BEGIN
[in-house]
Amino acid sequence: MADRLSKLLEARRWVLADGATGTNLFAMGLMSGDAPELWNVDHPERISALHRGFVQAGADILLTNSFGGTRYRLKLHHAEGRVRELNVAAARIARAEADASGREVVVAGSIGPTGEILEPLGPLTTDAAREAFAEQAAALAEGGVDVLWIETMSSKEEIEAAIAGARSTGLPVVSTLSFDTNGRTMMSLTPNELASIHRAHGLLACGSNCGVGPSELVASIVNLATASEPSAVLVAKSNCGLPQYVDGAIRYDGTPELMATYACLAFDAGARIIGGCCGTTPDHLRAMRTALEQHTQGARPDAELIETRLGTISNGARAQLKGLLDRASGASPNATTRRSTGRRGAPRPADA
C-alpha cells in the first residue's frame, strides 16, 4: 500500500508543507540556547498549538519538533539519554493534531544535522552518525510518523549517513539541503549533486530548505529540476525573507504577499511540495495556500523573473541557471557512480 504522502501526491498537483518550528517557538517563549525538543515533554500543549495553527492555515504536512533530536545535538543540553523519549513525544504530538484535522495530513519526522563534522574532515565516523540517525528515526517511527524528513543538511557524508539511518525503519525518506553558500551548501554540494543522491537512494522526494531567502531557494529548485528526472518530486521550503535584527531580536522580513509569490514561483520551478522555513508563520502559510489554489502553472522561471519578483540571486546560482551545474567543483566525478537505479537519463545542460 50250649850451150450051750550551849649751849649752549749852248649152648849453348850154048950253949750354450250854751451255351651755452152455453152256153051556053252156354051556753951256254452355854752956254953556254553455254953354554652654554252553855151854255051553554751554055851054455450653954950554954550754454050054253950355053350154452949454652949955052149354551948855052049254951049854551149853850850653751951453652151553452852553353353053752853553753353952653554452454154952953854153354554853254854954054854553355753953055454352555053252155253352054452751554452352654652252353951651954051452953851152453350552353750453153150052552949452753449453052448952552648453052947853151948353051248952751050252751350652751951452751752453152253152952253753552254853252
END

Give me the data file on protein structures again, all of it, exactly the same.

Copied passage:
[in-house]
Amino acid sequence: MADRLSKLLEARRWVLADGATGTNLFAMGLMSGDAPELWNVDHPERISALHRGFVQAGADILLTNSFGGTRYRLKLHHAEGRVRELNVAAARIARAEADASGREVVVAGSIGPTGEILEPLGPLTTDAAREAFAEQAAALAEGGVDVLWIETMSSKEEIEAAIAGARSTGLPVVSTLSFDTNGRTMMSLTPNELASIHRAHGLLACGSNCGVGPSELVASIVNLATASEPSAVLVAKSNCGLPQYVDGAIRYDGTPELMATYACLAFDAGARIIGGCCGTTPDHLRAMRTALEQHTQGARPDAELIETRLGTISNGARAQLKGLLDRASGASPNATTRRSTGRRGAPRPADA
C-alpha cells in the first residue's frame, strides 16, 4: 500500500508543507540556547498549538519538533539519554493534531544535522552518525510518523549517513539541503549533486530548505529540476525573507504577499511540495495556500523573473541557471557512480 504522502501526491498537483518550528517557538517563549525538543515533554500543549495553527492555515504536512533530536545535538543540553523519549513525544504530538484535522495530513519526522563534522574532515565516523540517525528515526517511527524528513543538511557524508539511518525503519525518506553558500551548501554540494543522491537512494522526494531567502531557494529548485528526472518530486521550503535584527531580536522580513509569490514561483520551478522555513508563520502559510489554489502553472522561471519578483540571486546560482551545474567543483566525478537505479537519463545542460 50250649850451150450051750550551849649751849649752549749852248649152648849453348850154048950253949750354450250854751451255351651755452152455453152256153051556053252156354051556753951256254452355854752956254953556254553455254953354554652654554252553855151854255051553554751554055851054455450653954950554954550754454050054253950355053350154452949454652949955052149354551948855052049254951049854551149853850850653751951453652151553452852553353353053752853553753353952653554452454154952953854153354554853254854954054854553355753953055454352555053252155253352054452751554452352654652252353951651954051452953851152453350552353750453153150052552949452753449453052448952552648453052947853151948353051248952751050252751350652751951452751752453152253152952253753552254853252